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Sardine Life


River House, 1931  

In that first phase in the saga of the New York apartment, the middle class emulated the prosperous in order to separate themselves from the poor. In the next chapter, plain but modern housing for the poor became the standard for everyone else. Widespread hardship, followed by a world war and a housing shortage, plus a multi-decade campaign to flatten differences in income, meant that New Yorkers of all strata were moving into streamlined homes, with lower ceilings and restrained rents.

Affordability and unassuming dignity had always been a goal of apartment advocates. In 1867, 1879, and 1901, Progressives had pushed through laws requiring small increases in the standards of ventilation, light, and sanitation in tenements, which were often disease-ridden firetraps. In the 1870s, the Brooklyn philanthropist Alfred Tredway White built handsome complexes of worker houses like the Tower Buildings in Cobble Hill, which featured a toilet in each apartment, outdoor staircases, meticulous brickwork, and wrought-iron railings. But it was the Depression that brought the issue of how to house the have-nots into the realm of public policy. In 1935, the New York City Housing Authority rehabilitated a neighborhood of crumbling Lower East Side tenements by tearing down every third house to maximize light and air, and renovating or rebuilding the rest. In the end, the First Houses project required near-total reconstruction, but the result inaugurated the public-housing era and remains an emblem of its promise.

Providing apartments to those who needed them proved such a massive undertaking that all levels of government had to get involved. Rent control arrived in 1943, and a smorgasbord of federal, state, and city agencies floated bonds, granted tax breaks, wrote checks, evicted citizens, and redrew maps, all in an effort to scrub putrid slums and erect stands of thick, solid towers instead. Private developers, too, got in on the action. The Metropolitan Life Insurance Company opened Stuyvesant Town as a middle-class gated community around a series of verdant courts. One irony of that contradiction-laced period is that, in order to save the decaying city, densely populated towers cut themselves off from the noise and mess of urban life. This was not because residents wanted to distance themselves from the street but because planners did. “The growing antimetropolitanism of most housing architects [was] matched by the new suburban bias of the bankers, lawyers, and bureaucrats who wrote the programs and administered the policies,” write Robert A.M. Stern, Gregory Gilmartin, and Thomas Mellins in New York 1930.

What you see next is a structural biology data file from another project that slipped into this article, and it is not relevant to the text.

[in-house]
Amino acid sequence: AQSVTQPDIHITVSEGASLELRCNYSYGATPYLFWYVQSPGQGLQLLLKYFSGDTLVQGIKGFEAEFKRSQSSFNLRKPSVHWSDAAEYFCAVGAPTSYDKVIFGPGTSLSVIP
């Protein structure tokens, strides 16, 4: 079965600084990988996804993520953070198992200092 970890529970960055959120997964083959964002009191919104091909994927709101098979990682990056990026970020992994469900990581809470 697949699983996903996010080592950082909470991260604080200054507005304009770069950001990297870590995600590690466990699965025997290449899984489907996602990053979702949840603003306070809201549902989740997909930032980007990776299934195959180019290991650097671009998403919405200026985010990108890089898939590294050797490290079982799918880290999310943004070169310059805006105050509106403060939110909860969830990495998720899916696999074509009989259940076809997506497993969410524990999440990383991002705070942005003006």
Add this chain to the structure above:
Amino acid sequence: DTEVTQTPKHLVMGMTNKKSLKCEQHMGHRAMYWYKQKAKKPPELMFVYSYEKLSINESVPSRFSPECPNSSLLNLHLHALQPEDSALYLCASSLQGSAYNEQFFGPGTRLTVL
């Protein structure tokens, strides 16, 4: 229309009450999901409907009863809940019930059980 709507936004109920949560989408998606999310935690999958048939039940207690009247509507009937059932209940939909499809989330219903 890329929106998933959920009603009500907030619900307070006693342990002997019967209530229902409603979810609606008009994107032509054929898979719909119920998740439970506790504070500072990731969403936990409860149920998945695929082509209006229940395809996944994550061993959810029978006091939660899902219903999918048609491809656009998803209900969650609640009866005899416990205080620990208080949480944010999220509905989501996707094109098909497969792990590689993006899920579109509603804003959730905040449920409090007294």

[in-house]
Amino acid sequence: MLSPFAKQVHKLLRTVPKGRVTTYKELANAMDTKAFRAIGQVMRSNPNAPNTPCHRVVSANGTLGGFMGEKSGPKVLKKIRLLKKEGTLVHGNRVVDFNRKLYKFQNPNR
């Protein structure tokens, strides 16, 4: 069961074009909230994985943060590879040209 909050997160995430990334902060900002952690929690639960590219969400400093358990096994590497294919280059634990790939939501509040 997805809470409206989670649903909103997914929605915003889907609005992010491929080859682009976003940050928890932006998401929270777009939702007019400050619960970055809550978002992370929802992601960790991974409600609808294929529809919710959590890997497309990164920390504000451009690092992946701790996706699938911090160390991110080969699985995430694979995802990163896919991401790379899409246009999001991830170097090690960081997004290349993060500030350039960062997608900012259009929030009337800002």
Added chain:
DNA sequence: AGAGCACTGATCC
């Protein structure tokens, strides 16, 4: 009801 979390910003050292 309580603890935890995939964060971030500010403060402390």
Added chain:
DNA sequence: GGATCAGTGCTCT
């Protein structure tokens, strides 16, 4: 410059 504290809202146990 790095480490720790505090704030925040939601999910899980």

The story of mass housing is an intricate epic of idealism, destruction, and partial successes. Public projects obliterated neighborhoods, boosted the crime and segregation they hoped to alleviate, killed miles of street life, and vivisected vibrant communities—but they also redeemed a lot of grimly constricted lives. “Before, I lived in the jungle,” one garment worker said at the time. “Now I live in New York.”

“I live in New York.” The optimism buzzing through that phrase brought people here in search of whatever damp, dim, cramped, and clanking digs they could find. Even as the authorities were condemning acres of cold-water walk-ups in East Harlem and the Lower East Side, ­Abstract Expressionist painters were renting similar apartments in Greenwich Village. If for Wharton’s Lily a poky flat represented the last rung before indigence and an early death, for the siblings in Ruth McKenney’s 1940 play My Sister Eileen (and its 1953 spinoff, Wonderful Town), a basement pad in the Village had a raffish, stageworthy glamour. Penury was cool.

So powerful was the ideal of the apartment for the masses that luxury buildings aspired to it, too. Postwar architects embraced the austerities of modernism, which they applied to bourgeois quarters as rigorously as they did to public housing. The most bracing high-end apartment building was Manhattan House, an immense 1951 complex that architect Gordon Bunshaft clad in glazed brick that everyone called white, was actually pale gray, and has always looked slightly unwashed. Stretching along 66th Street between Second and Third Avenues, Manhattan House adapted the grand apartment to the stripped-down modern era persuasively enough to attract Grace Kelly as a resident, and Bunshaft chose to live there, too. But its huge scale, stark design, and chain of slabs sitting back from the sidewalk evoked Stuyvesant Town more than it did the ornate prewar palazzi like the Beresford. Half a century earlier, New Yorkers had hoped to live fabulously. Now it was stylish to live just well enough.

It soon became difficult to distinguish Manhattan House from the knockoffs that developers churned out for less discerning clientele. For a while in the fifties and sixties, it seemed as though every new residential building, whether it contained cramped studios or assembly-line “luxury” pods, wore a uniform of glossy white brick. The postwar pathways of influence resembled the water cycle: an aesthetic of conspicuous sameness, developed for the poor and taken up by the affluent, trickled back to the middle.


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